With regard to lamp life, Panasonic quotes 3000 hours on the AE700. Sanyo does not as a matter of policy quote lamp life on any of its projector products, on the grounds that lamp life will vary based upon environment and usage. This is true of all projectors with high pressure lamps, not just Sanyo products. Furthermore a rating of a certain lamp life does not guarantee that the lamp will last that long. Absent further data, we suspect that the lamp in the Z3 could be expected to last as long as any lamp rated at 2000 hours, and this is the assumption we would make if we were considering the purchase of a Z3 ourselves.


    Conclusion

    The Panasonic AE700 and the Sanyo PLV-Z3 are both excellent products that push the envelope on LCD technology. They are both capable of delivering beautiful HDTV and DVD images in high resolution with their 1280x720 LCD panel format.

    The AE700 sells for a few hundred dollars more than the Z3. Based upon our comparative review, this price differential is justified. The AE700 can deliver a brighter image while retaining excellent contrast and color saturation, and it offers some unique flexibility for shelf mounting with its longer zoom lens.

    Nevertheless, the Sanyo Z3 may be the better choice for those who want to ceiling mount or table mount their projector since the lens shift affords more range of image placement. Setting the unit on a table between the viewing seats or on a coffee table is a simple way to get started in home theater, and it is easy to remove the projector from the room when not in use. Those who have a dark viewing room may wish to take advantage of the Theater Black operating mode to maximize the black level, contrast, and color saturation potential that the Z3 is capable of.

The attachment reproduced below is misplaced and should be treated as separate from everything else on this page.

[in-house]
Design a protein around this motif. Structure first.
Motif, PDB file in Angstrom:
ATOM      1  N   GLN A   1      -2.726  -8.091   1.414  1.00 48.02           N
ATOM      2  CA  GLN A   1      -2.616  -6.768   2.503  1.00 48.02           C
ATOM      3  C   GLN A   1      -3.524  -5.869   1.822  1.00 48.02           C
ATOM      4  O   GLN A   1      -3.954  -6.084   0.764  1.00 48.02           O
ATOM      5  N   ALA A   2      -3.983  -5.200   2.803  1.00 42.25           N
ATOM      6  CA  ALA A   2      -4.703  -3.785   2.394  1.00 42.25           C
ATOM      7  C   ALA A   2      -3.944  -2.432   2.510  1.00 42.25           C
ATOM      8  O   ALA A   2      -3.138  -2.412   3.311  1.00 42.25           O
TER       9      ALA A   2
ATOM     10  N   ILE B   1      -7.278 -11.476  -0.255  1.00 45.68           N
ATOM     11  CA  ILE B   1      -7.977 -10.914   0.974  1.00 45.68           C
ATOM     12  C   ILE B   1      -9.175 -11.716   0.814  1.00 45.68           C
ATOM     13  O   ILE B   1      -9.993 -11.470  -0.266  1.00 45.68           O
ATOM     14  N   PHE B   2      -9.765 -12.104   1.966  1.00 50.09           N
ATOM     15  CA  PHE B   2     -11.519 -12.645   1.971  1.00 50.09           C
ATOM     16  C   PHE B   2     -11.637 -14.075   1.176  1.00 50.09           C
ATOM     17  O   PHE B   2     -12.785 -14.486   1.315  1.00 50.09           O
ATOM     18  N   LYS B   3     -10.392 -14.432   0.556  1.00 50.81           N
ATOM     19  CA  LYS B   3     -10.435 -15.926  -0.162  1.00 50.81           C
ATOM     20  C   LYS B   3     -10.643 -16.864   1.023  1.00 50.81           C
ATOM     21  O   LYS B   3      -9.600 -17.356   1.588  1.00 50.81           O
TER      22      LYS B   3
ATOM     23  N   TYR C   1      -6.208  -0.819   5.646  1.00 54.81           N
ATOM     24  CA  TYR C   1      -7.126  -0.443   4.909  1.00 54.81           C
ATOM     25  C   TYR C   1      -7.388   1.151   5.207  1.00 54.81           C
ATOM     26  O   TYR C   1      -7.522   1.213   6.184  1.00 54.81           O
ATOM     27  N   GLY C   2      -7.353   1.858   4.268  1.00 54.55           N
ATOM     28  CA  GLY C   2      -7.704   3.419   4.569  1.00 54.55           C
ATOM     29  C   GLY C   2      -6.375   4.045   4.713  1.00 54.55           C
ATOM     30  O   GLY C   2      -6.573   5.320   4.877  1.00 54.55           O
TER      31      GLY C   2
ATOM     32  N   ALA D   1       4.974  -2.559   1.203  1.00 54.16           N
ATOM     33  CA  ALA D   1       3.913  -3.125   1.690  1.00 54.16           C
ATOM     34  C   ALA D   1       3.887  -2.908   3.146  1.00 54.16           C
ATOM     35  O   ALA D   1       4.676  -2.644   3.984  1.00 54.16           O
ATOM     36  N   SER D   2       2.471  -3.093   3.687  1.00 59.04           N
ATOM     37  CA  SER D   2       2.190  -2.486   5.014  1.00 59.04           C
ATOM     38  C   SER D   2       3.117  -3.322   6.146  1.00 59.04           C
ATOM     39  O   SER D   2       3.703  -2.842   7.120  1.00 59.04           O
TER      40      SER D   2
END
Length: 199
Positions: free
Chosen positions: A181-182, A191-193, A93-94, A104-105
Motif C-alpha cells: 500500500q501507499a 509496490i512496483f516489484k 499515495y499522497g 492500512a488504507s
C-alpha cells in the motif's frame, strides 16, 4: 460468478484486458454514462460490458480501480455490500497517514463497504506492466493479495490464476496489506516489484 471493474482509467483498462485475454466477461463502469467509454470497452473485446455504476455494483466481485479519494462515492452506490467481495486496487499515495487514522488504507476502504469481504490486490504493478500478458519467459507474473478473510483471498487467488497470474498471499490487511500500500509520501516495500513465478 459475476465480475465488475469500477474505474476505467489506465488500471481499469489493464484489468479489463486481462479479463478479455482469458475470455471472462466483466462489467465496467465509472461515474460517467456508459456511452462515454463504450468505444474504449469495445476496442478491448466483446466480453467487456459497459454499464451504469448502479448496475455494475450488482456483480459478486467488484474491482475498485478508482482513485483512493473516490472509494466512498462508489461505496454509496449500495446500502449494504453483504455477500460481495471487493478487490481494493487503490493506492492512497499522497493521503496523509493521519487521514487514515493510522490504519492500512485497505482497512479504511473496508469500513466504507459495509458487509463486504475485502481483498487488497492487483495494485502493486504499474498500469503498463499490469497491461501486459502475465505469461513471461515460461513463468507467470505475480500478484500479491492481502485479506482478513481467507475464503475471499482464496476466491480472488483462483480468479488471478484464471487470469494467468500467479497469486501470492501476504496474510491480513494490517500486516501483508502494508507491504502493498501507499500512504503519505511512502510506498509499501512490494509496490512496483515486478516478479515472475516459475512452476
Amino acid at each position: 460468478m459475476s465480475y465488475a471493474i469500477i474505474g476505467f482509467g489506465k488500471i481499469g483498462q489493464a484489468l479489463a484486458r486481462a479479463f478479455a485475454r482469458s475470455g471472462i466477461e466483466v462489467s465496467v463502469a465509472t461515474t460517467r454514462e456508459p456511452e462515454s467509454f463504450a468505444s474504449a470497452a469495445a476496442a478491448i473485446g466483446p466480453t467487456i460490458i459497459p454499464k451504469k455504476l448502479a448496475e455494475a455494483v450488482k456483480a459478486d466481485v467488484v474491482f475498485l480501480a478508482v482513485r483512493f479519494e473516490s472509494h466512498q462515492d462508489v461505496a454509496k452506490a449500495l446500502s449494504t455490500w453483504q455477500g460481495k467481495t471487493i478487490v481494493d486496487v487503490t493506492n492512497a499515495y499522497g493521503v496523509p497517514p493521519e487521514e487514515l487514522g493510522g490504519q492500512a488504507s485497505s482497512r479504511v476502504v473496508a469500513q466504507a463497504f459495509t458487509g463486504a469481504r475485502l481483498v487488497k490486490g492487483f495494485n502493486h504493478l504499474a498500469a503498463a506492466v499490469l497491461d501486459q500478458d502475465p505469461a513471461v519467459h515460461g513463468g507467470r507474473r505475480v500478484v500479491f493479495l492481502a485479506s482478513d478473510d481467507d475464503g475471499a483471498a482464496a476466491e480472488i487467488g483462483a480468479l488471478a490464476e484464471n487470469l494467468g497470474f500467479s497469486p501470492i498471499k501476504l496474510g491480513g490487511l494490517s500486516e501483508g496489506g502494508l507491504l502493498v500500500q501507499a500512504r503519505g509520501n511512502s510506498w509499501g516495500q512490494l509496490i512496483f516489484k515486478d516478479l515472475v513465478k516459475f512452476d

These are great times for projector buyers. We've never had so many great, inexpensive home theater projectors on the market. It is not surprising that consumers are moving past the big-screen TV and going for the larger scale theater experience at a more rapid pace than anyone had ever expected.


    Follow these links for dealers and specs for the products mentioned above:

    Panasonic PT-AE700U (dealers on ProjectorCentral)
    Sanyo PLV-Z3 (dealers on ProjectorCentral)




    [​IMG]
     
  20. MikeMon

    MikeMon Stunt Coordinator

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    Also the 4805:


    InFocus Screenplay 4805 for Home Theater
    Evan Powell, September 3, 2004
    ProjectorCentral.com

    At a retail price of just $1499, the Screenplay 4805 is Infocus' current offering in the economy range of home theater and home entertainment projectors. Though it has a few incidental flaws, it delivers a beautiful, very high contrast image for the money. It represents an excellent value in today's market, and it is another strong model in Infocus' formidable line up of high performance video projectors.


    Product Overview

    The 4805 features a 16:9 format DLP chip in 854x480 resolution, and a six-segment, 4x speed color wheel. As is typical with many home theater projectors these days, the lumen output is relatively low, rated at a maximum of 750 ANSI lumens. However, contrast is a very high 2200:1. Therefore, for best results the unit should be used in a darkened viewing space with little or no ambient light.

    Lens and throw distance. Manual zoom and focus with a 1.2x zoom range. A 100" diagonal 16:9 image is obtained in the range of about 13 to 15.5 feet (based upon our measurements, as of this writing the throw distance calculations for this model on the Infocus website are off by about a foot at 100" diagonal).

    Lamp. Dual mode 160W/200W SHP with up to 4000-hour lamp life in low power mode.